highlight-something-counter last-command)
  (incf highlight-something-counter))

If you really want only C-g to reset your counter and allow intervening commands, then you will need to use a different solution — advising keyboard-quit, as suggested by Malabarba, might be workable.

4

This is tangential to the elisp related question but you might find the behaviour of expand-region what you are looking for. You may also find it's implementation interesting from an idiomatic approach to the problem.

Basically the main expander wraps the per-word, per-sentence and per-paragraph hooks in a save-excursion loop and then uses the "best" results going forward.

1

You shouldn't sweat about keyboard interrupts for such an undemanding task as you described. But the way to do it is though unwind-protect:

(require 'cl)

(defun lispy--mark (bnd)
  "Mark BND.  BND is a cons of beginning and end positions."
  (destructuring-bind (beg . end) bnd
    (goto-char beg)
    (push-mark-command t t)
    (goto-char end)))

(defun highlight-cycle ()
  (interactive)
  (unwind-protect
       (progn
         (sit-for 2)
         (let ((bnd (if (region-active-p)
                        (cons (region-beginning)
                              (region-end))
                      (bounds-of-thing-at-point 'word))))
           (if (region-active-p)
               (cond ((equal bnd (bounds-of-thing-at-point 'word))
                      (lispy--mark (bounds-of-thing-at-point 'sentence)))
                     ((equal bnd (bounds-of-thing-at-point 'page))
                      (deactivate-mark t)
                      (lispy--mark (get 'highlight-cycle 'word)))
                     (t
                      (lispy--mark (bounds-of-thing-at-point 'page))))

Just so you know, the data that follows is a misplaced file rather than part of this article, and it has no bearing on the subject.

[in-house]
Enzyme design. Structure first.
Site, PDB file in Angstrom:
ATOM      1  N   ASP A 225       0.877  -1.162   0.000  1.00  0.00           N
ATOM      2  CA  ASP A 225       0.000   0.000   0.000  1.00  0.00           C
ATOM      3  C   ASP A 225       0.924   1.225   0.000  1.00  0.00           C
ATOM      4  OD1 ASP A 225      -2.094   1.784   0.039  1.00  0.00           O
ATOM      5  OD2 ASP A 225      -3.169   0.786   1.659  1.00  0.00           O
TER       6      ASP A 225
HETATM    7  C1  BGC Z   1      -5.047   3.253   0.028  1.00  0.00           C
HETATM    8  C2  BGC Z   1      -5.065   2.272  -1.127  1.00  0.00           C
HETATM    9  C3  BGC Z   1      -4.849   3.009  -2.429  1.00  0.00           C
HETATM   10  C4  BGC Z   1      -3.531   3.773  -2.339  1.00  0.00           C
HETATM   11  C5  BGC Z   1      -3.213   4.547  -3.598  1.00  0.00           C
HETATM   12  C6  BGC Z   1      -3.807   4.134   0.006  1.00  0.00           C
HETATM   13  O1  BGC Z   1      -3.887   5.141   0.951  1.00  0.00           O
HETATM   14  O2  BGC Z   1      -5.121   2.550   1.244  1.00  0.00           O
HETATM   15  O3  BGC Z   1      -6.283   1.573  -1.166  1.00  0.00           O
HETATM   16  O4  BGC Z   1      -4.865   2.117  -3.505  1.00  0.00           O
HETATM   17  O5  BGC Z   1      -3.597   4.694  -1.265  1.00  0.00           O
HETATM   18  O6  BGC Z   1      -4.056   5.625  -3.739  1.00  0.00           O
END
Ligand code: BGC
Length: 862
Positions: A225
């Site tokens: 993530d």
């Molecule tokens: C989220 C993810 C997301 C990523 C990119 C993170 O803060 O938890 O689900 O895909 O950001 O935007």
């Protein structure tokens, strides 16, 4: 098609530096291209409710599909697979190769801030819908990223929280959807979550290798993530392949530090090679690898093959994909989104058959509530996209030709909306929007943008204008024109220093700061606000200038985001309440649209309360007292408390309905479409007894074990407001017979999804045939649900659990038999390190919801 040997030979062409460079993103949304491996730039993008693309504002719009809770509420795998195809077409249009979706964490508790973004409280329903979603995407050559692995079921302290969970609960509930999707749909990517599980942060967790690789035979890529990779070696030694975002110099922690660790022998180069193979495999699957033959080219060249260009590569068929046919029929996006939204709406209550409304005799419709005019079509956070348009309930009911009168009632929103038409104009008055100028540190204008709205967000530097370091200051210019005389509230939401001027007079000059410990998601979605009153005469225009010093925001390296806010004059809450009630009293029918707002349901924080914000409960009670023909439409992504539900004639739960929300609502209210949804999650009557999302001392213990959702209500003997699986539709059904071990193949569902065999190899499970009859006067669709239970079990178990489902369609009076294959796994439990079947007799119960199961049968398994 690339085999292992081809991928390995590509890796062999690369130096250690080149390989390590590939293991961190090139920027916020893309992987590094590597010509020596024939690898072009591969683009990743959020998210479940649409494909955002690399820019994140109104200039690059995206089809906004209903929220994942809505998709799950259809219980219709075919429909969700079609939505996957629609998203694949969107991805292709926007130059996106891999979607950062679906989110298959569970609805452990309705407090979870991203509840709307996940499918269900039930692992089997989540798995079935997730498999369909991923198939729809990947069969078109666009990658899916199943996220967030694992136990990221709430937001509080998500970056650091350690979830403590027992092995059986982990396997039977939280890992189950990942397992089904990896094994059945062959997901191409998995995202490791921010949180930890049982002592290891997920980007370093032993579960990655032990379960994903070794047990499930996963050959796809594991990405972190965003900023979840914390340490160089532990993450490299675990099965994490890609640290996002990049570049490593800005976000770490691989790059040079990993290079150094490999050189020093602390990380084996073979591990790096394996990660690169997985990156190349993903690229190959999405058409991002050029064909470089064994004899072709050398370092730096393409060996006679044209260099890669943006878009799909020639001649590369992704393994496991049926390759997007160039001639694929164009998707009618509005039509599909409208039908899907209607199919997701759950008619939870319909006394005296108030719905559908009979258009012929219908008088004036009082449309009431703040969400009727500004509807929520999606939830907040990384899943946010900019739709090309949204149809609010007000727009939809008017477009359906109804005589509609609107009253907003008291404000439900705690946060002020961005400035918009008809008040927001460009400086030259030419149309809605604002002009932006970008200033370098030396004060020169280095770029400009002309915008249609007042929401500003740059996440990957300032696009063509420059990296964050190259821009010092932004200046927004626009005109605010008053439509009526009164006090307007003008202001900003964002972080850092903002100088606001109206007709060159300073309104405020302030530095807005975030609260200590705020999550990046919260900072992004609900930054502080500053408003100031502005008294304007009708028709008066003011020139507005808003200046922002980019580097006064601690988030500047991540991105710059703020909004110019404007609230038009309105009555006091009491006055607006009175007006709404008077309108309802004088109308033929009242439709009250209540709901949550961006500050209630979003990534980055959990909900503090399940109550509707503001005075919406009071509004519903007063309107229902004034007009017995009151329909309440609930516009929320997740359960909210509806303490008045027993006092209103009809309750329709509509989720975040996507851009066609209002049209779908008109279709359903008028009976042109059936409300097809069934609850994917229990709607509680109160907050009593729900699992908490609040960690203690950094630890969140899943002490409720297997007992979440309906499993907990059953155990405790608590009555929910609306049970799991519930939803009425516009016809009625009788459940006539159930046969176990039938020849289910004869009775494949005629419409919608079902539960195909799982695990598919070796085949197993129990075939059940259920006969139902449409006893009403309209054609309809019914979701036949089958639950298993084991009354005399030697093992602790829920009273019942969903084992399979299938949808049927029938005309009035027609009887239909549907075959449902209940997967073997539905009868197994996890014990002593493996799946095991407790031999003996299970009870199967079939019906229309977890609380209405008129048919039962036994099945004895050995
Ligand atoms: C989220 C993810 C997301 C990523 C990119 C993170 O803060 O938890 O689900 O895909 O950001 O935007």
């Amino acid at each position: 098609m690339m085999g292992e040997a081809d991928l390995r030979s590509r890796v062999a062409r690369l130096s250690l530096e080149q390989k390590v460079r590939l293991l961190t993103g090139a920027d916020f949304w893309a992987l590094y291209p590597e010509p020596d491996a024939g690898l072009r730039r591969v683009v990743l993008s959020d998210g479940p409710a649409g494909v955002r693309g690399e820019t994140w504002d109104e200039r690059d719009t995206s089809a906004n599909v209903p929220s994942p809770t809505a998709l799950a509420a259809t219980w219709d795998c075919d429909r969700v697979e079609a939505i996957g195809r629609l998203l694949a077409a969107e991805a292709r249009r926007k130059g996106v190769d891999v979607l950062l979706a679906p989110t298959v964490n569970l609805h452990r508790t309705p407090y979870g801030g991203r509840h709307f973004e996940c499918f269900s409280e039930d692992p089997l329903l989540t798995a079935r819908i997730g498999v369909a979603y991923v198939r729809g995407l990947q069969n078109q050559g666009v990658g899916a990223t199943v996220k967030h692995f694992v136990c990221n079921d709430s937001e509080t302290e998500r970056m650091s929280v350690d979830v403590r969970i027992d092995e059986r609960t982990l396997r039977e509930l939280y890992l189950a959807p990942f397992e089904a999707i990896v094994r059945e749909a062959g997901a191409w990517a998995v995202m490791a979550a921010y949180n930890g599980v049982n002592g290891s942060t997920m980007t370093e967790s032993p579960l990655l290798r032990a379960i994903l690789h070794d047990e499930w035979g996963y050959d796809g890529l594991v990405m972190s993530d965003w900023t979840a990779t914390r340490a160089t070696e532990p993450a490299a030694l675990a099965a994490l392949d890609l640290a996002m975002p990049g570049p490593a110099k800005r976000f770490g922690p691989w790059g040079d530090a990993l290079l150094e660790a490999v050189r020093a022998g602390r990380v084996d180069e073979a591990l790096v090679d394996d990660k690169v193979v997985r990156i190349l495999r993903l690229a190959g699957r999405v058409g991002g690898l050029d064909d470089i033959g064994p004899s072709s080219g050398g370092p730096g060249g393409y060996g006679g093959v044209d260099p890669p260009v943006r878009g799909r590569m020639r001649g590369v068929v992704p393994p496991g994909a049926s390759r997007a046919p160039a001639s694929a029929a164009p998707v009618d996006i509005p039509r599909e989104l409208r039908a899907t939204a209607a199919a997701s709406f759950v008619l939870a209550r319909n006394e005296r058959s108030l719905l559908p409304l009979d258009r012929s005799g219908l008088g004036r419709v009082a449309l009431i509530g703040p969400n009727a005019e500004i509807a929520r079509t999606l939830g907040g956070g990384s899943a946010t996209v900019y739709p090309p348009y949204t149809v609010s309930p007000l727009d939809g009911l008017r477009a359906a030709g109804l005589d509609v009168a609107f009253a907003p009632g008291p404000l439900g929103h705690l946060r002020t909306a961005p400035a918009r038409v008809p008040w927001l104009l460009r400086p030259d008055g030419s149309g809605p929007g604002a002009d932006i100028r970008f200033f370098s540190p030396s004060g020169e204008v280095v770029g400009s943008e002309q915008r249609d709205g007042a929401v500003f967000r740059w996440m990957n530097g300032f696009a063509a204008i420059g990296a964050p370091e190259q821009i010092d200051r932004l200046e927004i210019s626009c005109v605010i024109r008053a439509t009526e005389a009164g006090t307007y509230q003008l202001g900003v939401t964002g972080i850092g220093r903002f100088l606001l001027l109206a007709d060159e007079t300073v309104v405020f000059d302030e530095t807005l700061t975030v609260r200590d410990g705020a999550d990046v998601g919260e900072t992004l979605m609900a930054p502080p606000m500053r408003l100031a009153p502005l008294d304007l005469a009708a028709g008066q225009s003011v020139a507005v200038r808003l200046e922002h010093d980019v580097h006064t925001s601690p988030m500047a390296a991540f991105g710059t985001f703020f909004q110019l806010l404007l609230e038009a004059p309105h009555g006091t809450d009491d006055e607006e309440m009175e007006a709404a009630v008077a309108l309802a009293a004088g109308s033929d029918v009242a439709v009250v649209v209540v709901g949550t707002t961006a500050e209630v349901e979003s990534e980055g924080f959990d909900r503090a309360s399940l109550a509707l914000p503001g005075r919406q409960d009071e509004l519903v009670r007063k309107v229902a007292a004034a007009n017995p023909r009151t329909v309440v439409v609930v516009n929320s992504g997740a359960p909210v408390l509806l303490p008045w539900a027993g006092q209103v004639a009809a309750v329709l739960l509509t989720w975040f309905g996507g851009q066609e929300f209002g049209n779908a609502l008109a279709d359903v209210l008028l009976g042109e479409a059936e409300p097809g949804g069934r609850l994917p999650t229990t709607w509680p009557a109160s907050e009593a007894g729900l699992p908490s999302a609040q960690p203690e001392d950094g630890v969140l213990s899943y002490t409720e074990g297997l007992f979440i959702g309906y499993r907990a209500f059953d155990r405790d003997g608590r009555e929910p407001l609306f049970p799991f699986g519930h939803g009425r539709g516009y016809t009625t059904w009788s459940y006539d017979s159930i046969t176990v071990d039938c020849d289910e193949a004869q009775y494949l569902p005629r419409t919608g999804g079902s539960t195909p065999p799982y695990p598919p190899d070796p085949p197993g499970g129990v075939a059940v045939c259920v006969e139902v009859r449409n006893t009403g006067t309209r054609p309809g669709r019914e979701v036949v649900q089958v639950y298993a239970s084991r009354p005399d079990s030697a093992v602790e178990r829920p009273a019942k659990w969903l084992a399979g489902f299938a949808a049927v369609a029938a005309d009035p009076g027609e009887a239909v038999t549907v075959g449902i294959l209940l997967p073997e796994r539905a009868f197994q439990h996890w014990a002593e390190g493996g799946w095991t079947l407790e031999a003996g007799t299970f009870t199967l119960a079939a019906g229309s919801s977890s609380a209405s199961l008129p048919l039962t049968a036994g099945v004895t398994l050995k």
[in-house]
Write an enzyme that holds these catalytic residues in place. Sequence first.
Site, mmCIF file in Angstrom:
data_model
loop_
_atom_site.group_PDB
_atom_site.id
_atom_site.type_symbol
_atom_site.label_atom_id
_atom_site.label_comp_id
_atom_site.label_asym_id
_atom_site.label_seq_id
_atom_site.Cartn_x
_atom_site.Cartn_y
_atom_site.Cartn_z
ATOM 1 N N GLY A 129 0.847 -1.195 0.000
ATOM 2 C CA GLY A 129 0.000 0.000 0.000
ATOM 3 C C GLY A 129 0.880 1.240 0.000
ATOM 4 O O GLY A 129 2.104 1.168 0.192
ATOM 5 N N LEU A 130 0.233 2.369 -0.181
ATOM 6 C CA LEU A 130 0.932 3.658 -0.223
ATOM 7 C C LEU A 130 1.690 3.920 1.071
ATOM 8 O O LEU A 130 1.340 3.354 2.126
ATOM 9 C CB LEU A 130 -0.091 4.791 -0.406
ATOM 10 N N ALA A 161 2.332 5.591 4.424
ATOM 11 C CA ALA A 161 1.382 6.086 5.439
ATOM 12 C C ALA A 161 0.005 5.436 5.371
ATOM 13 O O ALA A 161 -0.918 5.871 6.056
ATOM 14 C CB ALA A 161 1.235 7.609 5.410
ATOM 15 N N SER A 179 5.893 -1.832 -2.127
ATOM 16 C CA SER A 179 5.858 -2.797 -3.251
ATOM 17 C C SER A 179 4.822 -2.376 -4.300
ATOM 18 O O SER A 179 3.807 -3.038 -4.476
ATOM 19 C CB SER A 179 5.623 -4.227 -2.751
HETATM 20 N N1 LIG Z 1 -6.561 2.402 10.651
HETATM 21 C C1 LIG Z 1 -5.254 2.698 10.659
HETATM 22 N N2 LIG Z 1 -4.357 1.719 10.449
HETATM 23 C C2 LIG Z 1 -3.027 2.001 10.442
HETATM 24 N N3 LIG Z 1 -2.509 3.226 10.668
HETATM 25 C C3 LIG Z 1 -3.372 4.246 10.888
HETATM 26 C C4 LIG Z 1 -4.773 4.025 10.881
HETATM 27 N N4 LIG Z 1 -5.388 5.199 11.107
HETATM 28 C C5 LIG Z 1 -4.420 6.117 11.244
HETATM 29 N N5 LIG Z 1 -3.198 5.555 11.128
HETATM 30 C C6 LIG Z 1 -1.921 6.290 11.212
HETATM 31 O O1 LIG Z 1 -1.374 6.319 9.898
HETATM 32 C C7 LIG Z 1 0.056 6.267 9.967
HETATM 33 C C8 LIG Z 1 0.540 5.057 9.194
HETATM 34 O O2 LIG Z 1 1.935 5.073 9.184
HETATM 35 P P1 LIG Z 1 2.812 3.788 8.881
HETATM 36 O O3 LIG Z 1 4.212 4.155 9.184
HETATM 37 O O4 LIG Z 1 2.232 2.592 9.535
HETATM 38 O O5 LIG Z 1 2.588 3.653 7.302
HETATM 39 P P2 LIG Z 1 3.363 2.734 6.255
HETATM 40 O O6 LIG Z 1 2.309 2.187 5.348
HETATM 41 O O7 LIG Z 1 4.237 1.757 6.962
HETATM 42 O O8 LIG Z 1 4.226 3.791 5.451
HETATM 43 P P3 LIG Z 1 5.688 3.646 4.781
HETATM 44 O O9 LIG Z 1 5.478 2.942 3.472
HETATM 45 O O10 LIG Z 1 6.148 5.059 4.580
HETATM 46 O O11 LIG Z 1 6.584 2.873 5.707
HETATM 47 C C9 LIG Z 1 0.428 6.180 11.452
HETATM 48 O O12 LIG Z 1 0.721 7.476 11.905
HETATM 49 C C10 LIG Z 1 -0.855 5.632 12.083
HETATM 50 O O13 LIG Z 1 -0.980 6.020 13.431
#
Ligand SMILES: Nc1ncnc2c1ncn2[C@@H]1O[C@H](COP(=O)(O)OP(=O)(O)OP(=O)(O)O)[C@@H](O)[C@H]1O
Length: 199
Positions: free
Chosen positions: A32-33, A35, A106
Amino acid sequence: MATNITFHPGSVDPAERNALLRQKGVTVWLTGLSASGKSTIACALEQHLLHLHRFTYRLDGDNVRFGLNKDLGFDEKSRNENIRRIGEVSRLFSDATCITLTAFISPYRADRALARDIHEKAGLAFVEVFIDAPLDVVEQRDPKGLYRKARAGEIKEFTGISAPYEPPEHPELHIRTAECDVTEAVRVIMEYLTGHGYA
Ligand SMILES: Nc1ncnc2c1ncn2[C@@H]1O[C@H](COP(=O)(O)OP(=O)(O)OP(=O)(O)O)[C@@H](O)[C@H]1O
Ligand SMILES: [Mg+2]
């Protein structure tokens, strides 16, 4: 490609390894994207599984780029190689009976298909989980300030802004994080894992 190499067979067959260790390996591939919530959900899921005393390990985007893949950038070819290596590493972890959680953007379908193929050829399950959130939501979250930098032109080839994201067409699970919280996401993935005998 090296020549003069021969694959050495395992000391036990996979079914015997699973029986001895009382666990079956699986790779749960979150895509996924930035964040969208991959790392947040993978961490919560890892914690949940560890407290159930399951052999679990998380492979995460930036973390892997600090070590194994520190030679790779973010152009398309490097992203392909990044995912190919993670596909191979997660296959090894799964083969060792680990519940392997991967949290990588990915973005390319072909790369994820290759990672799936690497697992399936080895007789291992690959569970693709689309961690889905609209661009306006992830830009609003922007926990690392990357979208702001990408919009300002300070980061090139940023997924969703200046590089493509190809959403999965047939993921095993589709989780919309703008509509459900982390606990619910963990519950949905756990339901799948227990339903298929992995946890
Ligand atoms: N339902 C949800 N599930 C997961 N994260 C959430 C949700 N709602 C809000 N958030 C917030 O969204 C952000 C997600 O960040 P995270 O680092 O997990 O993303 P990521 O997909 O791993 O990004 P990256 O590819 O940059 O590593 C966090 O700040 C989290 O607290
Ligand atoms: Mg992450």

(put 'highlight-cycle 'word bnd)
             (lispy--mark bnd))))
    (error "Have some patience, please")))

(global-set-key (kbd "M-m") 'highlight-cycle)

highlight-cycle will cycle between word, sentence and page, but it will wait for 2 seconds before doing anything. If the user interrupts with C-g, it will complain. You can put something other than complaint there, of course.

2
  • Really? You want the command to always end by raising an error? Doesn't sound too good, to me.
    – Drew
    Nov 11, 2014 at 17:15
  • 1
    It's just for example. I could change it to user-error instead. message is too weak - it's overwritten.
    – abo-abo
    Nov 11, 2014 at 17:20
1

If I don't invoke keyboard-quit mid code above, advising keyboard-quit directly answers the question.

(defadvice keyboard-quit (before highlight-cycle-counter)
"reset counter for highlight-cycle"
     (progn
         (setq setnewpoint t)
         (setq cyclemarker 1)
      )
)

(ad-activate 'keyboard-quit)

This might not be the right answer to the problem, but it is sufficient for now.

1
  • 1
    There are only 3 highlight states to cycle among, plus an unhighlight state, AFAICT. Why bother fiddling with C-g - that only makes things more, not less, complex for users. Why not just let them cycle to the reset state? And if you really need a way for users to explicitly reset other than by cycling, let C-u do that. Advising keyboard-quit is not a great idea, IMHO.
    – Drew
    Nov 11, 2014 at 17:44